An aside about Iraq; Saddam Hussein was born in the same town as the most famous muslim (in the West) who ever lived;   A Kurd from Tikrit ;  Sallah al Din .

    #300599

    thatoneguy
    Participant

    Well, there must be something in the water in Tikrit.

    Makes you wonder what Hussein thought of Saladin in light of the fact that he slaughtered hundreds of thousands of Kurds.

    Nobody in that region likes Kurds for some reason.

    • This reply was modified 3 months ago by  thatoneguy.
    • This reply was modified 3 months ago by  thatoneguy.
    • This reply was modified 3 months ago by  thatoneguy.
    • This reply was modified 3 months ago by  thatoneguy.
    #300606

    Patrick D
    Participant

    “Nobody in that region likes Kurds for some reason.”

    Don’t know about’ nobody’ ,but Saddam certainly hated them.  Hatreds in that part of the world can span centuries.

    A good example is ‘,mainstream’  Jews’ and the Samaritans. Jesus may have chose them  for his ‘who is my neighbour’ parable  because they were a hated minority. To outsiders, just another sect of Jews. To orthodox Jews, they were heretics, not  strictly jews.

    Today, Samaritans still exist. There seems to be about 3000 of them left, and they mostly live in  Israel.   Jews and Samaritans  apparently still don’t play well together.

     

    #300621

    TimB
    Participant

    I think no one over there, other than the Kurds themselves want the Kurds to have their own homeland.  Maybe because they are afraid of the Kurds who seem, relatively, to be  badasses compared to any other fighting forces over there (even without the benefits of having their own state).

    #300629

    Patrick D
    Participant

    Yeah, I get that Kurds have a reputation for fierceness. I think I’d be pretty cranky too if people were always trying to wipeout me and mine. I’ve never quite grasped the often obsessive desire for ‘a homeland’. Certainly gives people a reason to kill other people. I don’t think I’d  be willing to die for a political ideal. Would still be willing to fight if someone invaded my country. I’d belt ’em with my walking stick, and set  Major, my Jack Russell ,on ’em!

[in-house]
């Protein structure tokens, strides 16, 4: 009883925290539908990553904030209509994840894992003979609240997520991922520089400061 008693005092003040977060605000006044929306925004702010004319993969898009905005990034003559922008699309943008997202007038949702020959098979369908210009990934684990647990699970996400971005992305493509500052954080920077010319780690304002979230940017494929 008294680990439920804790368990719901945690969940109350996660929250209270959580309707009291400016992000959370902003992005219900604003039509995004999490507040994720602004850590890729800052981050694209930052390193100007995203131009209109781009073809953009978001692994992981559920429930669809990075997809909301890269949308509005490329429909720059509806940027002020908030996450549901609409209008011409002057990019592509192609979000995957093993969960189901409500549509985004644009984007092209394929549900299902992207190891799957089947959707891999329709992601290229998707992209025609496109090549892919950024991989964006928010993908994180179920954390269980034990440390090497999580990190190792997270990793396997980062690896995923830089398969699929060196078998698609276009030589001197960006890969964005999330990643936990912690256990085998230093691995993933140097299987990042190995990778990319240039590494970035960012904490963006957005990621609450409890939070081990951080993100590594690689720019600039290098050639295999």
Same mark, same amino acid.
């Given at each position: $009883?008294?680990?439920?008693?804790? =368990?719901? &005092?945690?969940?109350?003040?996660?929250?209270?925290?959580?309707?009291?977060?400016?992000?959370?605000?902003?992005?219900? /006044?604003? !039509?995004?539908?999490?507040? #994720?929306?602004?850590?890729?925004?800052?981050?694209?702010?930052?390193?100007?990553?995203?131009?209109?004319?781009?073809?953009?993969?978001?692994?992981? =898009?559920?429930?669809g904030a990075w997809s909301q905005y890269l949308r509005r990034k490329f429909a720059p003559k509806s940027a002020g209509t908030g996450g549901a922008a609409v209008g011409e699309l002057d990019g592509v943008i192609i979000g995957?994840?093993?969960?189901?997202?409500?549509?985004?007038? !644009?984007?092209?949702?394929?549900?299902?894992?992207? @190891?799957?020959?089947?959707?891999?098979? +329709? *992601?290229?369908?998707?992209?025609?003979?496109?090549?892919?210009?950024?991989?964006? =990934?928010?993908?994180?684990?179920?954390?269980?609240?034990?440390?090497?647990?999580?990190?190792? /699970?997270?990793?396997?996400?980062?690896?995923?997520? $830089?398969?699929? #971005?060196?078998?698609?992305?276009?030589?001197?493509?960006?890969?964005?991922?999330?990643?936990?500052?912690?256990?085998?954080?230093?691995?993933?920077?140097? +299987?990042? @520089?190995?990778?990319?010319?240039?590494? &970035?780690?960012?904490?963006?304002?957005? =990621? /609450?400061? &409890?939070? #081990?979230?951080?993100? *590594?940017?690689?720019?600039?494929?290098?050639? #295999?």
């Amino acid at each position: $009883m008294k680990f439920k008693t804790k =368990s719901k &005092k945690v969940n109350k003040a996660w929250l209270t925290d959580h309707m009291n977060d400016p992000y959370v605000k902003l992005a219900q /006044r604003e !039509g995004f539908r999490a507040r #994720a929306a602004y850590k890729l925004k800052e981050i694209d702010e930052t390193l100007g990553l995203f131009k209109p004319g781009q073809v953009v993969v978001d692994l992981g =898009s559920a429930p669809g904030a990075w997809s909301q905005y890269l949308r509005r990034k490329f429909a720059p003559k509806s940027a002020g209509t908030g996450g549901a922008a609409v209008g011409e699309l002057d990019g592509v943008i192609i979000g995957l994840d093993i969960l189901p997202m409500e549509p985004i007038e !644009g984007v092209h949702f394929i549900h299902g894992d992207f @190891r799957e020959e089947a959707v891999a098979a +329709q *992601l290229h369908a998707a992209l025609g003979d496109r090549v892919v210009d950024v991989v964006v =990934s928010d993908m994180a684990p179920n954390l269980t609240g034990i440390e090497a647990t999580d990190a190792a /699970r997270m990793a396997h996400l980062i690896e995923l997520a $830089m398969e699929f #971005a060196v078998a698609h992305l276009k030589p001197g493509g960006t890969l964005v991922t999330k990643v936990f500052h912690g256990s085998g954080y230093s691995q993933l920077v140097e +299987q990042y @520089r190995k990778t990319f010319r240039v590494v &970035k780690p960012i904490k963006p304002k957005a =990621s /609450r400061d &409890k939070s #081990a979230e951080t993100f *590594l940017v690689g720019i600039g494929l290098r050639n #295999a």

There’s an interesting Aussie film, based on “Red Dawn”, called “Tomorrow ,When The War Began”. There’s also a  pretty boring series.

    Do you know the name of the Afghan fighters who have been fighting off invaders for centuries? Is it an elite group, or just ‘ordinary’  Afghans?

    #300642

    thatoneguy
    Participant

    Do you know the name of the Afghan fighters who have been fighting off invaders for centuries? Is it an elite group, or just ‘ordinary’  Afghans?

    Pashtuns?

    #300647

    thatoneguy
    Participant

    I think no one over there, other than the Kurds themselves want the Kurds to have their own homeland.  Maybe because they are afraid of the Kurds who seem, relatively, to be  badasses compared to any other fighting forces over there (even without the benefits of having their own state).

    Well the problem is not really that others are preventing Kurds from having a nation state, the Kurds themselves are too disorganized to establish one.

    #300653

    TimB
    Participant

    IDK if the Kurds have had much of a realistic chance to have their own state.  They seem to be organized enuf to survive, surrounded by enemies, and organized enuf to kick butt in military actions.